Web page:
12 en cosmetische boter), ayib en enkele soorten harde kaas. De grotere winkels richten zich op eindconsumenten uit de hogere klassen en bieden een groter assortiment met verse en (geïmporteerde) houdbare melk in tetrapakken, (geïmporteerde) yoghurt, verschillende soorten (geïmporteerde) kaas en geïmporteerd melkpoeder. Vooral voor yoghurt en kaas zijn de prijsverschillen groot. Het verschil tussen de vraag naar en het aanbod van (verse) melk is van invloed op de prestaties van de formele zuivelketen en de haalbaarheid van retailactiviteiten voor melkveehouders. De piekvraag na een vastenperiode en de onderbevoorrading tijdens de droge periode leiden tot een tekort in de melkvoorziening in Addis Abeba. Tijdens de vastenperiode voor Pasen leidt het gebrek aan vraag naar melkproducten tot lage melkprijzen, terwijl de voederprijzen hoog zijn vanwege het einde van het droge seizoen. De informele keten functioneert als een buffer om de verschillen tussen overbevoorrading (piek in augustus) en onderbevoorrading (piek in april/mei, direct na Pasen) op de formele markt te compenseren. Er zijn marktkansen op het gebied van: - producten met een langere levensduur bij opslag om het gebrek aan vraag tijdens de vastenperiodes te overbruggen. Er zijn grote investeringen nodig om verse melk te verwerken tot houdbare melk of poedermelk; - het ontwikkelen van nieuwe producten met meer toegevoegde waarde, zoals (drink)yoghurt en melksnacks die buitenshuis kunnen worden geconsumeerd. Dit vormt een stimulans voor het betalen van een meerprijs voor kwalitatief betere producten en voor het ontwikkelen van vrijwillige industrienormen, wat de kans op voedselveiligheidsrisico s beperkt; - het ontwikkelen van nieuwe markten buiten Addis Abeba met minder consumenten die vasten vanwege hun orthodox-katholieke overtuiging; - het uitbreiden van traditionele producten (ayib, kaas, vloeibare boter) met nieuwe merken. Dit is een goed alternatief voor kleinschalige verwerkers en zuivelcoöperaties om hun stempel te drukken op de markt. Het is noodzakelijk om verwerkingsbedrijven te verbeteren en om maatregelen te treffen voor een betere efficiëntie van de financiële administratie en het op de markt brengen. 11

13 1 Introduction With more than 40 million head of cattle, Ethiopia has the largest number of livestock in any country in Africa. Despite this large number of animals, the consumption of milk per capita is amongst the lowest in the continent. There seems to be an unmet and growing demand for fresh milk in urban centres whilst processing plants still operate at under-capacity. To ease this problem, donors and NGOs undertake various support efforts aimed at strengthening production a improving access to markets; however, there is hardly any rise in production and volume of marketed milk. While in the urban retail market (supermarkets) processed and packed dairy products appear to be sold out quickly, small-scale milk producers have difficulties entering the formal market chain. Consequently, for the 2009 BOCI programme 'Cluster based dairy development in Ethiopia' a supply chain analysis was conducted. The study consisted of a revision of available sources on the dairy market chain in Ethiopia, in particular of Addis Ababa. In the meantime a short mission to Ethiopia served to fill in gaps of information, by holding interviews with key stakeholders. The formal market chain is defined as follows: milk is produced and marketed through registered marketing channels, processed in established processing plants and put on the market in packed products. The main market for packed dairy products is Addis Ababa and neighbouring towns (Debre Zeyt). Other towns are relatively small and the formal market is very small or nonexisting. The research concentrated on the Addis Ababa milk shed. 1.1 Research questions Two research questions were guiding the research: - How can the formal dairy supply chain in Ethiopia be described? - What are the factors influencing the apparent mismatch between supply and demand in the formal market chain supplying the Addis Ababa market? 12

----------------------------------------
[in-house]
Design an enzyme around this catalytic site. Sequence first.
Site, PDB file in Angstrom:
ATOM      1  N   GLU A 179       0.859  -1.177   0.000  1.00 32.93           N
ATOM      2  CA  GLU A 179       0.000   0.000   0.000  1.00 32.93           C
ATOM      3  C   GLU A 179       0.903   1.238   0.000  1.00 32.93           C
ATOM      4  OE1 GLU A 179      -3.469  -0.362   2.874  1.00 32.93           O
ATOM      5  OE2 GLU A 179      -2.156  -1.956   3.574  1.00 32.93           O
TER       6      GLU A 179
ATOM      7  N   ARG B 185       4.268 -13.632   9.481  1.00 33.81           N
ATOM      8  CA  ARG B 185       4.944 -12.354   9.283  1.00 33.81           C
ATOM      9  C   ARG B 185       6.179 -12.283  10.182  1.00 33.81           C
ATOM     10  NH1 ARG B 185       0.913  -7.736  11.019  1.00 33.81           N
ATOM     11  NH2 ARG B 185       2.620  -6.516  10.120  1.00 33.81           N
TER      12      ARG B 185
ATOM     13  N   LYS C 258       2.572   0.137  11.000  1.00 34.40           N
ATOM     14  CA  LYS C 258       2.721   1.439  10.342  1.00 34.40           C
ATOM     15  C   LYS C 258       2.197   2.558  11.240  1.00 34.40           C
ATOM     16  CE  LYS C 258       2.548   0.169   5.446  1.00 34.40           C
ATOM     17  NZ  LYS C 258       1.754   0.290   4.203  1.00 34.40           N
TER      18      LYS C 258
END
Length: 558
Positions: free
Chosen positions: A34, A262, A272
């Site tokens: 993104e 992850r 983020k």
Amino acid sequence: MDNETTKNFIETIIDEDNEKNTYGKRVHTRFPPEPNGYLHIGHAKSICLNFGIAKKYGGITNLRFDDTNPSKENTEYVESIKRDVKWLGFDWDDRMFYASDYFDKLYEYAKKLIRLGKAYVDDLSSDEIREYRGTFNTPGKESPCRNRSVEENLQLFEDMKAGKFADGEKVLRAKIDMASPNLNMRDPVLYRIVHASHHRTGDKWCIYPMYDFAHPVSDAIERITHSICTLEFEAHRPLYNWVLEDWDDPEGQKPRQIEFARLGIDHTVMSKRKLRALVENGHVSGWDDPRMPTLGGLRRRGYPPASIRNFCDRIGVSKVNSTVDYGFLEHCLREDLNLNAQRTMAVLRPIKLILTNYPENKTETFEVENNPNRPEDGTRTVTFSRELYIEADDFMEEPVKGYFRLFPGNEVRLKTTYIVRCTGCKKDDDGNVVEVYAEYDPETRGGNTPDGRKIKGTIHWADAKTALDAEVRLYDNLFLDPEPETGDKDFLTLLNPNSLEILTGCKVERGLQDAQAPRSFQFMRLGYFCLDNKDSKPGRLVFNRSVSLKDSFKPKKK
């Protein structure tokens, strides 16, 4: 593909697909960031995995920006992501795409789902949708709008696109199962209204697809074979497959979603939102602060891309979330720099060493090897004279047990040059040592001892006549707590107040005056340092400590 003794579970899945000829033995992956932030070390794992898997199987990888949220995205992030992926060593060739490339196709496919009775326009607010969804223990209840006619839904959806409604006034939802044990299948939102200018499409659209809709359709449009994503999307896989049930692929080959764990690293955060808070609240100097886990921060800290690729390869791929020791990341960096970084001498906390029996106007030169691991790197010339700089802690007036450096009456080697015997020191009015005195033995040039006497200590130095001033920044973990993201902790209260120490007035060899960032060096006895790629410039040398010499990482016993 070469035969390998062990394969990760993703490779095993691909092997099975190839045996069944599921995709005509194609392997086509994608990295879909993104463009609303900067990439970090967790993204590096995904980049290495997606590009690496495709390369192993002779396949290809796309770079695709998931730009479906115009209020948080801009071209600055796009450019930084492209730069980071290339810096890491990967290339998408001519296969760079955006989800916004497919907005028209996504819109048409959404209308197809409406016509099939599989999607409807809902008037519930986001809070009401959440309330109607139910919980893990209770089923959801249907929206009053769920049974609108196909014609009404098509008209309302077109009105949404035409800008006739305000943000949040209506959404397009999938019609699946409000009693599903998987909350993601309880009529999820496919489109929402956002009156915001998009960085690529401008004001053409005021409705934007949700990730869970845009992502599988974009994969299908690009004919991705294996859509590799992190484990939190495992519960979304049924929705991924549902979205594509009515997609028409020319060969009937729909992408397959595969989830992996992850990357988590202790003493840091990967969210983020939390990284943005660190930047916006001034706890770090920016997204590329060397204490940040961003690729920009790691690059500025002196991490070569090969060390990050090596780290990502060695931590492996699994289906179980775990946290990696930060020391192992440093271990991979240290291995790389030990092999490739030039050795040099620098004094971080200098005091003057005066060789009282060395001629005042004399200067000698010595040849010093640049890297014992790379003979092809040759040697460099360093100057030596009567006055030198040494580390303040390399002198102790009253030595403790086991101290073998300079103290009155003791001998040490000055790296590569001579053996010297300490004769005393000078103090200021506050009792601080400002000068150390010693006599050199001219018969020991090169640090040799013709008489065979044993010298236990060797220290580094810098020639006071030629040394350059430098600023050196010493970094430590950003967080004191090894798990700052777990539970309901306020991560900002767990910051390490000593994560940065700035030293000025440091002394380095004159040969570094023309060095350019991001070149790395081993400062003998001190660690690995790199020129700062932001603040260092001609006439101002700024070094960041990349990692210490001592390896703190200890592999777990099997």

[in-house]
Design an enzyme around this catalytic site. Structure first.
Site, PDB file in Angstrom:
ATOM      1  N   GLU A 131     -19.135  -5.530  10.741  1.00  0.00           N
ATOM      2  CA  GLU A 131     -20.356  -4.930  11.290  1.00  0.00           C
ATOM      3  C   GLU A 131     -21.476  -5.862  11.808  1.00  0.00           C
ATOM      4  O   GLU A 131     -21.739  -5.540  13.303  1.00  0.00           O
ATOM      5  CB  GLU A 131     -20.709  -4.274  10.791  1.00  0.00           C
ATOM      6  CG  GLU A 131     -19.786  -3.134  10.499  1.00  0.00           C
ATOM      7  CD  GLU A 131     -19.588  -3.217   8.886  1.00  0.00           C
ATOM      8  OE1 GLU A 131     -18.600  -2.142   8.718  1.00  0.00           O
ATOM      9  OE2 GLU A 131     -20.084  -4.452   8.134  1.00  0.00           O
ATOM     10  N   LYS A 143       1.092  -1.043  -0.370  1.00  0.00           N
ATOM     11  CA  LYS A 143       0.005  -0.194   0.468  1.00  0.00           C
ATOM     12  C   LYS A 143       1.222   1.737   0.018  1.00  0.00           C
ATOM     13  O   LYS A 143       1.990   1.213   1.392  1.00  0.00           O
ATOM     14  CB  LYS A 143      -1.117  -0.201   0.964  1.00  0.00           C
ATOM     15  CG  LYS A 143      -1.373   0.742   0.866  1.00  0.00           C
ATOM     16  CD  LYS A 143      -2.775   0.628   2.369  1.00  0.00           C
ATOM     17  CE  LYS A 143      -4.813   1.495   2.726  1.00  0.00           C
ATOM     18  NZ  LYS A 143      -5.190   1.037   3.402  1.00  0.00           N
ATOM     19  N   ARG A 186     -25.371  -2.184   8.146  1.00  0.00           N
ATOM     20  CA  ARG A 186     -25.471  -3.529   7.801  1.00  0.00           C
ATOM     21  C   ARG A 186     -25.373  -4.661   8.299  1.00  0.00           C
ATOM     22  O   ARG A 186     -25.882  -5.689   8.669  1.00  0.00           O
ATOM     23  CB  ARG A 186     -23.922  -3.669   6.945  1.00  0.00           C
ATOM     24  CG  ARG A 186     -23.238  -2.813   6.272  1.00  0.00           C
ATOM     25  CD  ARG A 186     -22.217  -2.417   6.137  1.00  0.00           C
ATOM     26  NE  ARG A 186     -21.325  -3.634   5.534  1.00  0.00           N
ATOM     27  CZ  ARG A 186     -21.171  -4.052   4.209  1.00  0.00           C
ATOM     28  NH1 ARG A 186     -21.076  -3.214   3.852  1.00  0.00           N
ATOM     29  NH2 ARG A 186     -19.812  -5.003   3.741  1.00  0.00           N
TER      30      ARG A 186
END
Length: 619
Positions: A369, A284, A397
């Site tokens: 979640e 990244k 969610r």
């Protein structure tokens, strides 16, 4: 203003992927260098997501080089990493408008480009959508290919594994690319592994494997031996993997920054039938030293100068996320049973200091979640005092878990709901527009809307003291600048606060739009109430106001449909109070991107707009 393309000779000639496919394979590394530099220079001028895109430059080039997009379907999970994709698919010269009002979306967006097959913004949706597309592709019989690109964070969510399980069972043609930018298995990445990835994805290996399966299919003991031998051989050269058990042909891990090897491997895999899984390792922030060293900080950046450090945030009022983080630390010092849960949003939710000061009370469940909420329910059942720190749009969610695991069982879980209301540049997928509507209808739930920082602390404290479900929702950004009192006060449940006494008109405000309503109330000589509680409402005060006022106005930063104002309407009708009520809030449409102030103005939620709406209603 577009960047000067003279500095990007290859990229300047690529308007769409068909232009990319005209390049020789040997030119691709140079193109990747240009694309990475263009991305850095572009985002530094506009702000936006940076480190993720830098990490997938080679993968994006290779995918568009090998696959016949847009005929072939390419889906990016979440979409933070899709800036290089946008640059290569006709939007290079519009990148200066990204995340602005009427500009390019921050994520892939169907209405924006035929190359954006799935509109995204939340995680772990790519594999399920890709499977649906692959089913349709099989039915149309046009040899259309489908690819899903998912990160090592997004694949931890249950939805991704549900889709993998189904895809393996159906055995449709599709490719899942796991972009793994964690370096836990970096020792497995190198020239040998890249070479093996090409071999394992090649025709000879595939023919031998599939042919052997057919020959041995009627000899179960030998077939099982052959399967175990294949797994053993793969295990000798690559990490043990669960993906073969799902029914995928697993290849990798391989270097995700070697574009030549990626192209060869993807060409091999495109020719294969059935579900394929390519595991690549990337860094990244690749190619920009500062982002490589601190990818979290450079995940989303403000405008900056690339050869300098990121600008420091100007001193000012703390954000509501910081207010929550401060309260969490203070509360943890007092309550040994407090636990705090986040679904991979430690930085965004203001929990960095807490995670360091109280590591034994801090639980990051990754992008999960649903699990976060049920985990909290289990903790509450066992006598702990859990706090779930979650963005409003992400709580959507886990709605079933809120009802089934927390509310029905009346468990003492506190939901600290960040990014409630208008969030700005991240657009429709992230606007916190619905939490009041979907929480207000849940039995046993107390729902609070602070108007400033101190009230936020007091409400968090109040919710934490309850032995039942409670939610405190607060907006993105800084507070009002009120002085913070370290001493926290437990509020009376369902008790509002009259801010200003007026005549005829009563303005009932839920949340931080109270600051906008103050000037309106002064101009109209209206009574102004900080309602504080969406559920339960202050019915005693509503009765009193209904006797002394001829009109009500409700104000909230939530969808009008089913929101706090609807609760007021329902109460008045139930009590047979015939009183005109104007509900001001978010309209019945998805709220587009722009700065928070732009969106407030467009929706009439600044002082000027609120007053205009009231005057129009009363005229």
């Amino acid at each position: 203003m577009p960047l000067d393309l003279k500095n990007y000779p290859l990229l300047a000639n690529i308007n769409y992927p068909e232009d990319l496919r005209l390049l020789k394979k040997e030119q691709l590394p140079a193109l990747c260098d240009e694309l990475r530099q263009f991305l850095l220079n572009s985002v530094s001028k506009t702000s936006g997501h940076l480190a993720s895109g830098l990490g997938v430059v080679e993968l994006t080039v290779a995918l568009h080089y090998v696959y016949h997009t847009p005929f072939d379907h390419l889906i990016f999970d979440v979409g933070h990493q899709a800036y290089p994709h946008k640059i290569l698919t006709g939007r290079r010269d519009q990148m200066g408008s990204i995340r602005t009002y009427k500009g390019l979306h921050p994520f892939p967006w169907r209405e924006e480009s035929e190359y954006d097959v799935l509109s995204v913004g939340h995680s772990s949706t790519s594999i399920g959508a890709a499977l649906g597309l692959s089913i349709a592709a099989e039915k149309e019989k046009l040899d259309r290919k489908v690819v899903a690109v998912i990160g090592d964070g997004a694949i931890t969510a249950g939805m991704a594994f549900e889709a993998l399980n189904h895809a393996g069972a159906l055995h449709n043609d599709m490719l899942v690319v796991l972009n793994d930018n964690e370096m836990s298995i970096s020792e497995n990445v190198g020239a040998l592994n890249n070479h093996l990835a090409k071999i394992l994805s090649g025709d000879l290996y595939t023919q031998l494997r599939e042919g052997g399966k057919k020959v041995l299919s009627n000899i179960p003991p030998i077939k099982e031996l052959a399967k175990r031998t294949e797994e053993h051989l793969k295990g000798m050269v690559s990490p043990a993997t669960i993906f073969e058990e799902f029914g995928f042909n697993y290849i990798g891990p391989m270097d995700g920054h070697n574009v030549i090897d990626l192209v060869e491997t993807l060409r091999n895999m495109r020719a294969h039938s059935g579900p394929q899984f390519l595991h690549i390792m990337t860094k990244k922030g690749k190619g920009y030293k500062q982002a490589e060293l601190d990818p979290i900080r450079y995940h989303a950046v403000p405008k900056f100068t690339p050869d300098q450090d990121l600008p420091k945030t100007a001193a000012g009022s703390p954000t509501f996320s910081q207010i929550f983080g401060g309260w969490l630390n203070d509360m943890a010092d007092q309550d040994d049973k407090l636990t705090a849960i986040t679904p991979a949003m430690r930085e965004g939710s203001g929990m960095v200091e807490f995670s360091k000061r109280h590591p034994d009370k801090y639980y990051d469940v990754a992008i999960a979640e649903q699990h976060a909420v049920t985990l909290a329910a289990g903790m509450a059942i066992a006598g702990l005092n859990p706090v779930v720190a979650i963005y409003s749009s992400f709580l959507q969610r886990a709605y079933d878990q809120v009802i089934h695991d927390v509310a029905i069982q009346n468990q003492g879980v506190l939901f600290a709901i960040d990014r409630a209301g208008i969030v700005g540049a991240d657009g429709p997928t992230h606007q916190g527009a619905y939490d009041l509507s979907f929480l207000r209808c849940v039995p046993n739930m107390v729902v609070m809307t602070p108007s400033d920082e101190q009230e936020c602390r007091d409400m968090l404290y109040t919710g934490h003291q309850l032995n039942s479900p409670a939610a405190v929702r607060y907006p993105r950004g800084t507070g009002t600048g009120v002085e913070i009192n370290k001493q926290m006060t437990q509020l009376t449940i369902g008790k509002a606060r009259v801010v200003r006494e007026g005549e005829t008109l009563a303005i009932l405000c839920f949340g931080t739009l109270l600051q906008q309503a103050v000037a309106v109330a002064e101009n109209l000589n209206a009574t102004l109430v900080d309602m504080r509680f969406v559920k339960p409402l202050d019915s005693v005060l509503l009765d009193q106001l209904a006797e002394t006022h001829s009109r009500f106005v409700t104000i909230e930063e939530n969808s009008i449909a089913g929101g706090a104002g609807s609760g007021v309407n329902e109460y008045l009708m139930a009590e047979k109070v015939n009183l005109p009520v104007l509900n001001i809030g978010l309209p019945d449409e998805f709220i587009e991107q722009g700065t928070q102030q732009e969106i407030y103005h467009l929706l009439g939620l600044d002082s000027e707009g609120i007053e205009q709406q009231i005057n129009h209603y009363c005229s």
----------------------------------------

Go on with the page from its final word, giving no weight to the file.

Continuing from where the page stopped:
14 Three areas of research are distinguished: 1. Market and marketing issues: number and type of outlets for dairy products; demand and fluctuation in demand; price differentiation, product diversification, customer segmentation; 2. Organisational issues in the supply chain: distribution capacity and network; number and size of market players; structure of the chain; collection points, contracts; quality specification and price policies; link with the informal market; 3. Technological issues: infrastructure; quality of inputs; farming systems (subsistence, semi-commercial, commercial). The last area of research - an inventory of technological bottlenecks - was not topic of the supply chain analysis. In the summary of dairy supply chain characteristics (chapter 6) findings from the literature study can be found, including technological aspects. The report is divided into several chapters. The first chapter following the introduction gives an overview of the actors participating in the formal chain; starting with an overview of the farming systems. The chapters 3 to 5 describe product flow; organisational issues and market respectively; while Chapter 6 gives conclusions; chapter 7 recommendations. 13